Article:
Helen Mirren firing a machine gun – that’s the Big Sell on this picture, and it’s a pretty good one. Mirren is a prim, proper, elegant English lady – as always (and that’s the point). She lives in a gorgeous house in the American countryside and also just happens to be a crack sniper and retired C.I.A. assassin. Who still takes the odd job on the side, just for the hell of it.
That’s a set-up with a lot of fun potential, but it’s just a part of it. Her fellow Retired and Extremely Dangerous operatives include retirement home perv Morgan Freeman, acid-fried whack-job John Malkovich, Ruskie spy and old romantic Brian Cox and, leading them all, actually-quite-together Bruce Willis. It’s a cast to be reckoned with, and even if the action sequences aren’t the most exciting ever, they deliver the goods in style.
Having been put out to pasture and settling in for a boring quiet life, Willis’s former black ops badass Frank Moses finds himself fending off a unit of hitmen making an attack on his home one evening. With his attractive, imperilled pensions officer (played by Mary Louise Parker) in tow, he puts back together his old team as they attempt to get to the bottom of who’s trying to kill them and why.
The answer is the usual conspiracy nonsense revolving around evil corporations and slippery government turncoats, but that’s not the point. The terrific cast wring every last drop out of the material they’re given – not always brilliant, but never less than hearty tongue-in-cheek stuff – and watching them do so is great fun. Mary Louise Parker, while in a silly along-for-the-ride role, is hilarious.
Annoyingly, things eventually slide: the pace slackens, the jokes wear thin, the story takes one hackneyed turn too many. But in the most part this is an entertaining caper whose firepower is all in the casting rather than the effects – and that’s refreshing in itself.
Certainly not only for the football buffs, this African road movie holds a broad appeal as its sheer optimism overcomes its flaws. Three Rwandan kids plan to head to capital city, Kigali, so that football ace Fabrice can try out for a place in the Africa United team, who are to play at the opening ceremony of the 2010 World Cup in South Africa.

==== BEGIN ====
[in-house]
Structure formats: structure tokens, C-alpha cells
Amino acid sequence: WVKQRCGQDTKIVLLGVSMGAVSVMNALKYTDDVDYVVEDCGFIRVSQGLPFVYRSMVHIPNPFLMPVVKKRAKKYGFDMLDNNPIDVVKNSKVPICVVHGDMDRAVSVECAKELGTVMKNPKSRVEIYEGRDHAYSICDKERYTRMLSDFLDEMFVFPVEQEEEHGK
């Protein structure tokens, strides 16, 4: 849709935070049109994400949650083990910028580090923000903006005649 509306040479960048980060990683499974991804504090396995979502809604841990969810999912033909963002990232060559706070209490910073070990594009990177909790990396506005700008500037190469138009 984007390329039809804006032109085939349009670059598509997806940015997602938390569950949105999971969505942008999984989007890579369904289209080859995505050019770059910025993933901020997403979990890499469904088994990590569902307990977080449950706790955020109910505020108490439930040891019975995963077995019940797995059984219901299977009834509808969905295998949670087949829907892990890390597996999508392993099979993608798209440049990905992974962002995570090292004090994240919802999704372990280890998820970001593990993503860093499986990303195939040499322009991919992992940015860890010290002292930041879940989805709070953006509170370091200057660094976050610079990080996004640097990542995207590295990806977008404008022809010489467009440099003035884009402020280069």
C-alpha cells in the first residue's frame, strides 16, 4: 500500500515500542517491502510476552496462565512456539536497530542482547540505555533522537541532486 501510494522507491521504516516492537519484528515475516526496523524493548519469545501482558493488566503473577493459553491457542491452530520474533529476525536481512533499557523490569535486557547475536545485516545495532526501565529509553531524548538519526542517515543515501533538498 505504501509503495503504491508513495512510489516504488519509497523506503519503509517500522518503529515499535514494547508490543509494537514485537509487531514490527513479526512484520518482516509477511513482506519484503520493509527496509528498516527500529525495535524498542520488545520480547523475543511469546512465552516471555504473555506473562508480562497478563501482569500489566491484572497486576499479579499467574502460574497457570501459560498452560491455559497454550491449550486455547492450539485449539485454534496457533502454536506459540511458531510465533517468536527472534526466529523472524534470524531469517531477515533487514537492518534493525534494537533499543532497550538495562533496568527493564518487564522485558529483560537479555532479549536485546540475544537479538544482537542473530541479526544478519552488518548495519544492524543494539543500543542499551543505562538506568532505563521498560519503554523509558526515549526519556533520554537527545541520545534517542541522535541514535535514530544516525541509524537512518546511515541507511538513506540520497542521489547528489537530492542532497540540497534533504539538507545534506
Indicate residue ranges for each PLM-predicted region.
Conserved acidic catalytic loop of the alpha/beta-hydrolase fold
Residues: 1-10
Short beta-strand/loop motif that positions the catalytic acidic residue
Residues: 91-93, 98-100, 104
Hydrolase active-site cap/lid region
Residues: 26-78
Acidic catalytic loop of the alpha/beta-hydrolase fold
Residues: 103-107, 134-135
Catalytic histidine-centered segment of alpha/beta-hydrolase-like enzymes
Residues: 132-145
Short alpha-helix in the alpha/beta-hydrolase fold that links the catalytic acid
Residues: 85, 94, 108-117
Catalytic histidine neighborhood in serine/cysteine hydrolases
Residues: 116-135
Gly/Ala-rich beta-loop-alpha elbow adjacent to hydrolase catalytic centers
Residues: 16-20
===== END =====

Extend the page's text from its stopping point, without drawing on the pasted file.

Unfortunately his wheeler-dealer “manager” Dudu cuts one too many corners and they end up on the wrong bus on the way to a Congolese refugee camp. Deciding to go ahead with the original plan, the trio set out on a journey through Africa’s interior, picking up a couple of new friends along the way, in the hope of making the ceremony.
Along the way, and amid the magnificent landscapes of the African outback, the film confronts some of the tough issues facing the continent, such as the HIV epidemic, child soldiers and sex trafficking.
Another success is 15 year old Eriya Ndayambaje as Dudu, who emerges here as a natural comic talent and is undoubtedly the star of the show. That said, recent comparisons to Danny Boyle’s Slumdog Millionaire are pretty farfetched – Africa United often feels like a TV movie, despite the weight of some of its content. It’s as heavy on the corny feel-good stuff as it is on the harder truths Africa faces, but ultimately manages to strike a reasonable balance. And, given that a quarter of all the film’s net profit goes to Comic Relief, it’s difficult not to be affected by the feel-good-factor that’s written into the film’s DNA.